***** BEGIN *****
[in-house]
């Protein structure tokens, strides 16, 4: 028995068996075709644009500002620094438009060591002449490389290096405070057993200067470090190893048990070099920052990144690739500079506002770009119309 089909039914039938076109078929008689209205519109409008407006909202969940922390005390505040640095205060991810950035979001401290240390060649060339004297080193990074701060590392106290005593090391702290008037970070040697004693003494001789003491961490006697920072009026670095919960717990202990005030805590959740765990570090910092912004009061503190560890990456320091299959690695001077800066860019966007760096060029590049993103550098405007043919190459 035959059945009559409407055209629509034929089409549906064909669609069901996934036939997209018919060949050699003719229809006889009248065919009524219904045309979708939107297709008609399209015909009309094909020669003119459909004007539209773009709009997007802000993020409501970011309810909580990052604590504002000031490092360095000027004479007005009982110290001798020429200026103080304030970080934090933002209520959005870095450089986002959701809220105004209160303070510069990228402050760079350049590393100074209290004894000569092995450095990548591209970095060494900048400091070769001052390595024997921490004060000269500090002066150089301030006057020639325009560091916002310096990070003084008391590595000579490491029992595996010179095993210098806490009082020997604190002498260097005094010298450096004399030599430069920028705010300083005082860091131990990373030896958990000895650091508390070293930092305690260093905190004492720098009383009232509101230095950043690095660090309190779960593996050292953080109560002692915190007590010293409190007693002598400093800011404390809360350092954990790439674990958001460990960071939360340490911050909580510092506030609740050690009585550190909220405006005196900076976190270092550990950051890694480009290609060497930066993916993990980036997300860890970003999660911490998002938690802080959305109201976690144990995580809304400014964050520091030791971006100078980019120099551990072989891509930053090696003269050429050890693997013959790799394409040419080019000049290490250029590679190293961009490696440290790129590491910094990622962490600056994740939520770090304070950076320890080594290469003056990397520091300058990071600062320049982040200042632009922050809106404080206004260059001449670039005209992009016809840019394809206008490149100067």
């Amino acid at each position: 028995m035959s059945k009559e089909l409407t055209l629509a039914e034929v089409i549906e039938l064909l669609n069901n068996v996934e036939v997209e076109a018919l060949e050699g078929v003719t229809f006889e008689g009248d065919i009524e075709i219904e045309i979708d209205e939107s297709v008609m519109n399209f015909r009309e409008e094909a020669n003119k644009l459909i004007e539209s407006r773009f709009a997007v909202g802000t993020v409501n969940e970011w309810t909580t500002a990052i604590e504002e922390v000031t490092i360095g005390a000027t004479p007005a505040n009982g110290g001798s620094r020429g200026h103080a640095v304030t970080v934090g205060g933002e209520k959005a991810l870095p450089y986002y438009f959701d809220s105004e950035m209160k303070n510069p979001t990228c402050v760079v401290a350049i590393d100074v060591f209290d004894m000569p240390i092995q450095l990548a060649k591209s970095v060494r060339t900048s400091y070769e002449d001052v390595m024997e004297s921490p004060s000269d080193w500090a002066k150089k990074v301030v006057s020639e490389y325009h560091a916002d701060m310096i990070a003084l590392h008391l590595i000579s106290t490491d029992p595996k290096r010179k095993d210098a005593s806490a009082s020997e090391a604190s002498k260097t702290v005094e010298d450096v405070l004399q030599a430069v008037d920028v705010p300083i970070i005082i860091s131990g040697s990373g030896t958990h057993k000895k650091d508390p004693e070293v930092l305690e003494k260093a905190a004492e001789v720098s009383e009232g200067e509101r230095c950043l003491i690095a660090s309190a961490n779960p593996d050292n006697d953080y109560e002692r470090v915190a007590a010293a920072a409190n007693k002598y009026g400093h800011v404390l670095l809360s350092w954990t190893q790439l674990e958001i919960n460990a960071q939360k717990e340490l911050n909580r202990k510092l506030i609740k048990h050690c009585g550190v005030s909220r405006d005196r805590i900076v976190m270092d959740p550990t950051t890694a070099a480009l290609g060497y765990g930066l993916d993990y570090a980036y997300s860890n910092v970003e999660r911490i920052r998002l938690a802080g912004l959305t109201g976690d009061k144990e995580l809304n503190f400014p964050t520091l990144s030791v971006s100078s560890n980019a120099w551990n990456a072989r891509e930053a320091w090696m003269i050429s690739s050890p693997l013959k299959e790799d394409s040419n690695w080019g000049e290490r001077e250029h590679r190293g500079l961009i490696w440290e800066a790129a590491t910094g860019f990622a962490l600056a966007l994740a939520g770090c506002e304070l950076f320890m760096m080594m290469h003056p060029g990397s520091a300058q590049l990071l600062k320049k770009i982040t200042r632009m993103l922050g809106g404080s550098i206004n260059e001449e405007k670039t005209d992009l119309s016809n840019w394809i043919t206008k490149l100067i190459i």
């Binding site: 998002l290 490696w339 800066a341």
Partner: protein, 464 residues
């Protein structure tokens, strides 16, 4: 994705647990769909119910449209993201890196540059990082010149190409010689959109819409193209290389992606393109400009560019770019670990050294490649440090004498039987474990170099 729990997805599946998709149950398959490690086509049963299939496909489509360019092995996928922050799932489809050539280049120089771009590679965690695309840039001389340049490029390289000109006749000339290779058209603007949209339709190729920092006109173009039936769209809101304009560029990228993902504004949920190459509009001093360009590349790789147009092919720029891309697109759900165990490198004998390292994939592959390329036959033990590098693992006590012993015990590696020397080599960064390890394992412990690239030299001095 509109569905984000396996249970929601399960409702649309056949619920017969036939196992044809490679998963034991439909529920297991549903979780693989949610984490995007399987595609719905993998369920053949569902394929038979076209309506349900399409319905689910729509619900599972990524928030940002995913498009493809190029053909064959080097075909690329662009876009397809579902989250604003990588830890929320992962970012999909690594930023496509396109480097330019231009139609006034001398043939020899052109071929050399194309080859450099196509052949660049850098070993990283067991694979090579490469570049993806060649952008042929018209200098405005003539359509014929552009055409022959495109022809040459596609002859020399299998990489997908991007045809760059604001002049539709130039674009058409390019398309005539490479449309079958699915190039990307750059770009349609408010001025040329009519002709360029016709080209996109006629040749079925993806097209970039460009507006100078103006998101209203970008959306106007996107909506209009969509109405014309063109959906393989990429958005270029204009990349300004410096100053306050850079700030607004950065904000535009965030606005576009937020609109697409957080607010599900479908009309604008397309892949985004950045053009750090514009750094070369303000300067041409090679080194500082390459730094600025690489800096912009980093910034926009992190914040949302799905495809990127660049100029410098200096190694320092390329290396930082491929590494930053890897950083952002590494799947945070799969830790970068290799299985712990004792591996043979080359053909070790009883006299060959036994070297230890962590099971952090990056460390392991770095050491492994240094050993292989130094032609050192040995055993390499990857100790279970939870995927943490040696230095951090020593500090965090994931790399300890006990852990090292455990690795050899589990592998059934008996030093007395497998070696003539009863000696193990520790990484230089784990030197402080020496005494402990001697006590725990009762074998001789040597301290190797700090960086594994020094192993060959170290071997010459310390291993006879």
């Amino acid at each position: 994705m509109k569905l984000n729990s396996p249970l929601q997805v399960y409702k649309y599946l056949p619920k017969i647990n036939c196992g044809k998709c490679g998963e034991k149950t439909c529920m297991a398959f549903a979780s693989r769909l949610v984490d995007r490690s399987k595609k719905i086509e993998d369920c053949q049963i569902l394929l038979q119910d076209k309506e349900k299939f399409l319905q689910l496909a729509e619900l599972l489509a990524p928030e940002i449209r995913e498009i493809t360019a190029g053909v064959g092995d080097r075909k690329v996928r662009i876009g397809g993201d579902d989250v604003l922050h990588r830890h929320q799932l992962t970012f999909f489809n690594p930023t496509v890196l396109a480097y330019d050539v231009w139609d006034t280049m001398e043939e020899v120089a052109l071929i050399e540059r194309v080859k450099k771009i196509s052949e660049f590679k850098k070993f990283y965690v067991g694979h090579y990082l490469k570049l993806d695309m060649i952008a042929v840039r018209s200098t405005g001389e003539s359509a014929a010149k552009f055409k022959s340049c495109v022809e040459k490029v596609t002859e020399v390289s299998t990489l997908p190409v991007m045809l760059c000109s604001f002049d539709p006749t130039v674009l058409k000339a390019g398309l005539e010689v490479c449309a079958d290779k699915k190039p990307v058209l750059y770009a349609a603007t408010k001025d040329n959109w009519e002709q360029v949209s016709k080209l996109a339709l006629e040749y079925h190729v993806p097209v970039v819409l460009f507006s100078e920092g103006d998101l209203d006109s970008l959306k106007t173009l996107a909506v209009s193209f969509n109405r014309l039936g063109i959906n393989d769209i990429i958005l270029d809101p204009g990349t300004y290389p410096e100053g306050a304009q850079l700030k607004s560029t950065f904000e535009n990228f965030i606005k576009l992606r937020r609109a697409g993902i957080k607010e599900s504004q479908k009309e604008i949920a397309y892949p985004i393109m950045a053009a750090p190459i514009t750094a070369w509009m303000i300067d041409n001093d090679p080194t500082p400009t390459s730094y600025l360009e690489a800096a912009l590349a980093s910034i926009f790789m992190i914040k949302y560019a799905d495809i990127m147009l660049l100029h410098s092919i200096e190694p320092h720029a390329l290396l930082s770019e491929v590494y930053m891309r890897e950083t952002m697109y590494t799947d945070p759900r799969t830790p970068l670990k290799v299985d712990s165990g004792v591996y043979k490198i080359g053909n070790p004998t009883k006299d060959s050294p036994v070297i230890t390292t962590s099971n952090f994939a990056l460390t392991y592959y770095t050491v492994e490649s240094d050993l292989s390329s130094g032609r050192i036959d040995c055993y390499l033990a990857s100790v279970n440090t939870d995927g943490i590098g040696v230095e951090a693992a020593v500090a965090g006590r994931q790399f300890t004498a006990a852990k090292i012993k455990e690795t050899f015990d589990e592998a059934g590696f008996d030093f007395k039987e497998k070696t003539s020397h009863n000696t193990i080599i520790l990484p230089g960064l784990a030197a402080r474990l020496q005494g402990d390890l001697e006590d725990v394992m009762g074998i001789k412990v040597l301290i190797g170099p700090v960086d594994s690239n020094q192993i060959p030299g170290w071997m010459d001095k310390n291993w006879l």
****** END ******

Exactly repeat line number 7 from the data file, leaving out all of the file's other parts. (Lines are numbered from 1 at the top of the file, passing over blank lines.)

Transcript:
């Amino acid at each position: 994705m509109k569905l984000n729990s396996p249970l929601q997805v399960y409702k649309y599946l056949p619920k017969i647990n036939c196992g044809k998709c490679g998963e034991k149950t439909c529920m297991a398959f549903a979780s693989r769909l949610v984490d995007r490690s399987k595609k719905i086509e993998d369920c053949q049963i569902l394929l038979q119910d076209k309506e349900k299939f399409l319905q689910l496909a729509e619900l599972l489509a990524p928030e940002i449209r995913e498009i493809t360019a190029g053909v064959g092995d080097r075909k690329v996928r662009i876009g397809g993201d579902d989250v604003l922050h990588r830890h929320q799932l992962t970012f999909f489809n690594p930023t496509v890196l396109a480097y330019d050539v231009w139609d006034t280049m001398e043939e020899v120089a052109l071929i050399e540059r194309v080859k450099k771009i196509s052949e660049f590679k850098k070993f990283y965690v067991g694979h090579y990082l490469k570049l993806d695309m060649i952008a042929v840039r018209s200098t405005g001389e003539s359509a014929a010149k552009f055409k022959s340049c495109v022809e040459k490029v596609t002859e020399v390289s299998t990489l997908p190409v991007m045809l760059c000109s604001f002049d539709p006749t130039v674009l058409k000339a390019g398309l005539e010689v490479c449309a079958d290779k699915k190039p990307v058209l750059y770009a349609a603007t408010k001025d040329n959109w009519e002709q360029v949209s016709k080209l996109a339709l006629e040749y079925h190729v993806p097209v970039v819409l460009f507006s100078e920092g103006d998101l209203d006109s970008l959306k106007t173009l996107a909506v209009s193209f969509n109405r014309l039936g063109i959906n393989d769209i990429i958005l270029d809101p204009g990349t300004y290389p410096e100053g306050a304009q850079l700030k607004s560029t950065f904000e535009n990228f965030i606005k576009l992606r937020r609109a697409g993902i957080k607010e599900s504004q479908k009309e604008i949920a397309y892949p985004i393109m950045a053009a750090p190459i514009t750094a070369w509009m303000i300067d041409n001093d090679p080194t500082p400009t390459s730094y600025l360009e690489a800096a912009l590349a980093s910034i926009f790789m992190i914040k949302y560019a799905d495809i990127m147009l660049l100029h410098s092919i200096e190694p320092h720029a390329l290396l930082s770019e491929v590494y930053m891309r890897e950083t952002m697109y590494t799947d945070p759900r799969t830790p970068l670990k290799v299985d712990s165990g004792v591996y043979k490198i080359g053909n070790p004998t009883k006299d060959s050294p036994v070297i230890t390292t962590s099971n952090f994939a990056l460390t392991y592959y770095t050491v492994e490649s240094d050993l292989s390329s130094g032609r050192i036959d040995c055993y390499l033990a990857s100790v279970n440090t939870d995927g943490i590098g040696v230095e951090a693992a020593v500090a965090g006590r994931q790399f300890t004498a006990a852990k090292i012993k455990e690795t050899f015990d589990e592998a059934g590696f008996d030093f007395k039987e497998k070696t003539s020397h009863n000696t193990i080599i520790l990484p230089g960064l784990a030197a402080r474990l020496q005494g402990d390890l001697e006590d725990v394992m009762g074998i001789k412990v040597l301290i190797g170099p700090v960086d594994s690239n020094q192993i060959p030299g170290w071997m010459d001095k310390n291993w006879l």